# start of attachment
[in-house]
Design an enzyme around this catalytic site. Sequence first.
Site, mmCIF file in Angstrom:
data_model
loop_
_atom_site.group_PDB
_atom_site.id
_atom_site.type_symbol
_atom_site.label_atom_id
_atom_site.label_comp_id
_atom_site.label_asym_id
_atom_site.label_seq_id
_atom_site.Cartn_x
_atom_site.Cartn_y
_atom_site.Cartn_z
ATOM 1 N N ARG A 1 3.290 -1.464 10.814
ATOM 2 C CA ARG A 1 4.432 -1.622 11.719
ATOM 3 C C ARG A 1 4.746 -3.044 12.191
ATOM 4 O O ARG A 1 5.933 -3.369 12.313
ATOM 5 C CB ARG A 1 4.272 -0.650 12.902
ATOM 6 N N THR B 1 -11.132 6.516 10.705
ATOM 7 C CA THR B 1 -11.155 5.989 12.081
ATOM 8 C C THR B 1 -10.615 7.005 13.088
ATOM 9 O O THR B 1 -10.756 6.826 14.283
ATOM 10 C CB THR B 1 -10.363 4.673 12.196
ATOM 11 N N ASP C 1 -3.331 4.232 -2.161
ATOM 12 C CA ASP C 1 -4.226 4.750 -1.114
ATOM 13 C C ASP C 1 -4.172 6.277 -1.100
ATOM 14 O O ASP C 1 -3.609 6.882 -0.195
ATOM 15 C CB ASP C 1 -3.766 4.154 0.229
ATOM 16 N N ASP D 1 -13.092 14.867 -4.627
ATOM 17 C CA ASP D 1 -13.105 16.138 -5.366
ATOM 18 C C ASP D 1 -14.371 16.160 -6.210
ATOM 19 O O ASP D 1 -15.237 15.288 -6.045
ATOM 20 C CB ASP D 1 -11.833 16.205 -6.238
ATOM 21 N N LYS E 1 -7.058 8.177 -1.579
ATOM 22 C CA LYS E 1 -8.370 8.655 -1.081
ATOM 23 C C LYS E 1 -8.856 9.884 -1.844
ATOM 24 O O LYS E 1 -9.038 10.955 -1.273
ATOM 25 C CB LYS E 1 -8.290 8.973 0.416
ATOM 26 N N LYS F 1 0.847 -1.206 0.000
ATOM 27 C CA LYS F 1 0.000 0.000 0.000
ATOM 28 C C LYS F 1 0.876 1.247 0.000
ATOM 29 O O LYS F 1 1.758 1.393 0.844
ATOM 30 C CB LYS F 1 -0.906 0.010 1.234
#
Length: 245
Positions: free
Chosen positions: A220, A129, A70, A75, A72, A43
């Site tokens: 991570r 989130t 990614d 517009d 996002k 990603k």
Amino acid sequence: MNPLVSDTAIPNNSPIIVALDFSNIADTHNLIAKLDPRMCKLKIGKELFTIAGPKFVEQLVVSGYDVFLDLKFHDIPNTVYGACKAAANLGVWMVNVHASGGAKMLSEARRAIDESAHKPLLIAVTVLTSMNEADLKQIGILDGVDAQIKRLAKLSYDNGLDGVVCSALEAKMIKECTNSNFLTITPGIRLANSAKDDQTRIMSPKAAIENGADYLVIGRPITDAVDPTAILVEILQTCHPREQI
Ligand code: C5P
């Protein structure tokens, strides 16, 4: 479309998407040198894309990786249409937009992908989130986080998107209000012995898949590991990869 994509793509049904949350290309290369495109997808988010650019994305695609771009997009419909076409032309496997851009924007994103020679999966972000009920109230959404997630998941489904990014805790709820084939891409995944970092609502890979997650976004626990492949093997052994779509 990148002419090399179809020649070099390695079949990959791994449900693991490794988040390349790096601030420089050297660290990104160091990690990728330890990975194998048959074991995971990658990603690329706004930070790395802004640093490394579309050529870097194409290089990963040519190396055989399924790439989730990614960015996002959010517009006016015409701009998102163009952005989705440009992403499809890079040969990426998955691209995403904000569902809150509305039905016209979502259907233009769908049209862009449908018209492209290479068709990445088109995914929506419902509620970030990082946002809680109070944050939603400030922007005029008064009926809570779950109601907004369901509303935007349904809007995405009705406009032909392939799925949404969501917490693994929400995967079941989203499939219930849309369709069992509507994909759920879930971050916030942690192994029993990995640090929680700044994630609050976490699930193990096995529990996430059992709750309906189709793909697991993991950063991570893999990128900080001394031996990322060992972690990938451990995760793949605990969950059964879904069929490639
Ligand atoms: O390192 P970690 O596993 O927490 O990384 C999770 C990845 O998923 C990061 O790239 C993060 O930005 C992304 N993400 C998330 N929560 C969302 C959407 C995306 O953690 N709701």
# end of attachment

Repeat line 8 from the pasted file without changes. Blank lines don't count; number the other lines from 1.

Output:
_atom_site.type_symbol